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Michigan State University
East Lansing, MI 48824
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Email: history@msu.edu
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Migration Studies Initiative

The migration studies initiative was developed as a scholarly response to the increase of human movement worldwide, which originates in the economic, technical and political changes of the past few decades. These changes have taken millions of men and women far from home, primarily to seek work, join their families, and take refuge from conflict and ecological disaster.

Not surprisingly, there is increasing demand for studies of this crucial and multifaceted phenomenon. As a result, key research organizations such as the Social Science Research council and Russell Sage Foundation have instituted a variety of programs out of concern for the quality – and quantity – of graduate education in migration.

Changes in the field of History are responsive to the need for a more global, transnational and interdisciplinary perspective that studies of migration encourage. Historians of the U.S. are less likely to study one immigrant group at one location and more likely to study multiple groups, multiple locations, and to be more sophisticated about theory and the process of migration. Moreover, historians of Latin America, Asia, Africa, and Europe are giving increased attention to the history of migration.

The migrations of the past 40 years worldwide thus are becoming the objects of historical research, offering a much needed historical perspective and understanding to complement presentist sociological and anthropological orientations.

The Program

The History Department launched the Migration Studies Initiative in 2002 with strong support from Michigan State University. Currently, key aspects to the Migration Studies Initiative are:

  1. An interdisciplinary graduate course, “Methods and Paradigms for the Study of Migration” (History 854/Sociology 854). Developed and taught by Leslie Moch in consultation with Steve Gold of Sociology and Andrea Louie of Anthropology, the course enrolled a dozen students from the departments of History, Sociology, Hispanic Literature, Education and Anthropology during spring semester 2004; it is offered every spring semester.
  2. The development and elaboration of a minor field for graduate students in Migration Studies.
  3. A grass-roots Immigrant citizenships/Migration Studies Seminar group that offers graduate students and faculty the chance to meet and to talk about their work.
  4. Speakers from other universities to engage students and faculty; those for 2004-2005 included Leo Lucassen, University of Amsterdam, Michel Giraud, Centre National des Recherches Scientifiques (CNRS, Paris), and Karen Richman (University of Notre Dame), who presented along with Javier Pescador (History).

Migration studies builds on strengths throughout the College of Social Science to make MSU a powerhouse in this area.

The focus of the program is to train graduate students and attract faculty who can produce the quality of migration studies that have important policy and planning implications. Migration Studies can also provide courses that respond to the considerable undergraduate interest in human migration worldwide and offer public expertise to alumni and the university community about this key contemporary issue.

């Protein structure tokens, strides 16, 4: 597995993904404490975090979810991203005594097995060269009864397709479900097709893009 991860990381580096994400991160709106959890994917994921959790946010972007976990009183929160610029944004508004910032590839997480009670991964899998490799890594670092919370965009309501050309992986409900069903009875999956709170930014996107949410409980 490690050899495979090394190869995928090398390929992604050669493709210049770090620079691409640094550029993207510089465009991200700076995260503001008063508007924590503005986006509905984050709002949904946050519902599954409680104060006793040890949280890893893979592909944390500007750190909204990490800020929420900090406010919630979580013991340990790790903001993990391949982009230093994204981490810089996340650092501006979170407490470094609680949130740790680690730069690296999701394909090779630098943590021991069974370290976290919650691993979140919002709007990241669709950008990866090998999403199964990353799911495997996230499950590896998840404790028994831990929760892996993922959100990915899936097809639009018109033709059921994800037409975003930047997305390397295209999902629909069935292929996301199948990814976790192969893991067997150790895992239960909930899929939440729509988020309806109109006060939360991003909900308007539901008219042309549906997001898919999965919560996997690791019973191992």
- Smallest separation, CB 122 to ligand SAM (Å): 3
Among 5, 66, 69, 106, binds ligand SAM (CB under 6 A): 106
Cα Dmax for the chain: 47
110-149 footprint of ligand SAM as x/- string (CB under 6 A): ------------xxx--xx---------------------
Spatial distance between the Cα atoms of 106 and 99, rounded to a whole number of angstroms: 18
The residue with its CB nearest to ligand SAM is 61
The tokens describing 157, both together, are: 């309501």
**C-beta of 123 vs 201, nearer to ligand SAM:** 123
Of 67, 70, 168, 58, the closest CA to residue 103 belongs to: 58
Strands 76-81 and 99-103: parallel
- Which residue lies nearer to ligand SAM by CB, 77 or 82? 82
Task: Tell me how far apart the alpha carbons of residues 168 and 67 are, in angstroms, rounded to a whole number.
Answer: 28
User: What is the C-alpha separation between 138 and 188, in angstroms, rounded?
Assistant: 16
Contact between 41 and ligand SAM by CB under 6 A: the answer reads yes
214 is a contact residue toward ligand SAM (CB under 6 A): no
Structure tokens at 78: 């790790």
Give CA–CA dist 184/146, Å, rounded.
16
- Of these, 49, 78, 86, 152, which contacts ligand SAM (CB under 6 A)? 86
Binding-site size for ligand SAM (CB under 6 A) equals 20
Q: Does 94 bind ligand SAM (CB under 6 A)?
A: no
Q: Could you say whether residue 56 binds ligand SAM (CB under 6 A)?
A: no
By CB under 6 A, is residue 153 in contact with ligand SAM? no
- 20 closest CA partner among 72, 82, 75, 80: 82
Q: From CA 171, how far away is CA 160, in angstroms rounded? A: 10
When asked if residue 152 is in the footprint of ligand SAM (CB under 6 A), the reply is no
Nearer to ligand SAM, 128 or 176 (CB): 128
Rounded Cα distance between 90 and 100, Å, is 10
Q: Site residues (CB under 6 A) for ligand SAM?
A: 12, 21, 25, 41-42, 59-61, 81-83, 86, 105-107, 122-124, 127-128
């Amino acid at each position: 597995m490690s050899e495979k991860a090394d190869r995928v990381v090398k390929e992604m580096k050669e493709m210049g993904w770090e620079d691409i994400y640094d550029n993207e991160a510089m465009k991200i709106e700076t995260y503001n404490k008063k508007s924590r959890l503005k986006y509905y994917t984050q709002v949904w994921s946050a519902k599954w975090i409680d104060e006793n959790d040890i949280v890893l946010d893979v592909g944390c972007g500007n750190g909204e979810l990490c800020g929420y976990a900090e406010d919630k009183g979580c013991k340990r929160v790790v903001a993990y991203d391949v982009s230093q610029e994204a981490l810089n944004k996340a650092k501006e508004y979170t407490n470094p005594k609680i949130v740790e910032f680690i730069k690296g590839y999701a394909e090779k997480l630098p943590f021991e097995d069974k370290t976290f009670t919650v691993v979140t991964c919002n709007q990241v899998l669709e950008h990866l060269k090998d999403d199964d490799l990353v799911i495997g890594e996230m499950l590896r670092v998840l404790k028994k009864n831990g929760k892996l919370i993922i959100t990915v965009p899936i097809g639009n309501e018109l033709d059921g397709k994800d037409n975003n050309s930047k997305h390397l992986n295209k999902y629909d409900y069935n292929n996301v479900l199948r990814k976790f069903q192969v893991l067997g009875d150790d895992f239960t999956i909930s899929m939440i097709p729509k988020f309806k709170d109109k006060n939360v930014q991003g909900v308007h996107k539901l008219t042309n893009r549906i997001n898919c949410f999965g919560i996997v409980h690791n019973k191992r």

Strengths

The Migration Studies program builds on the strengths of the College of Social Science and of the Department of History. In the short term, it is aided by additional funding. It is also linked to several important programs in the Department of History. The highly successful Comparative Black History program, developed over the years with the leadership of Darlene Clark Hine, has attracted new faculty and students whose interests follow the African Diaspora to South America, the Caribbean, the U.S. and Europe. Likewise, the dynamic development Atlantic world field, like many of the most important developing fields in history, is based on the recognition that the movement of people, ideas, and labor systems is fundamental to the historical process.

International migration is embedded in many of the courses in the Comparative Black History program and elsewhere in American History. Javier Pescador has, for example, taught courses on Mexicans-Americans in the U.S. as well as immigrant-oriented courses in sports history. Denicio Valdés has taught a graduate course on labor and migration in the Americas and an undergraduate course on the Chicano movement. Leslie Moch has twice taught an upper-level course on migration in 20th-century Europe, a History 201 that investigates immigrant lives, as well as the interdisciplinary graduate course History/Sociology 854.

The distinctive character of migration studies at Michigan State University lies in the global reach of History Department programs and its ties with the International Centers which offer key resources and programs. Our faculty and graduate students are already closely tied with the Julian Samora Research Institute and the Centers for African Studies, Asian Studies, Latin American and Caribbean Studies, and European and Russian Studies. With the development of the Interdisciplinary African Diaspora Ph.D. Program (AAAS) and the Ph.D. in Chicano/Latino Studies, we will be in a position to be at the center of international studies, a “center without walls” connecting shared concerns with research and courses that stretch across and join disciplines. The move of the Department of History into the College of Social Sciences facilitates connections between migration concerns and the revising Global-Urban Program and the Women in International Development (WID) center.

For further information information, contact Leslie Page Moch.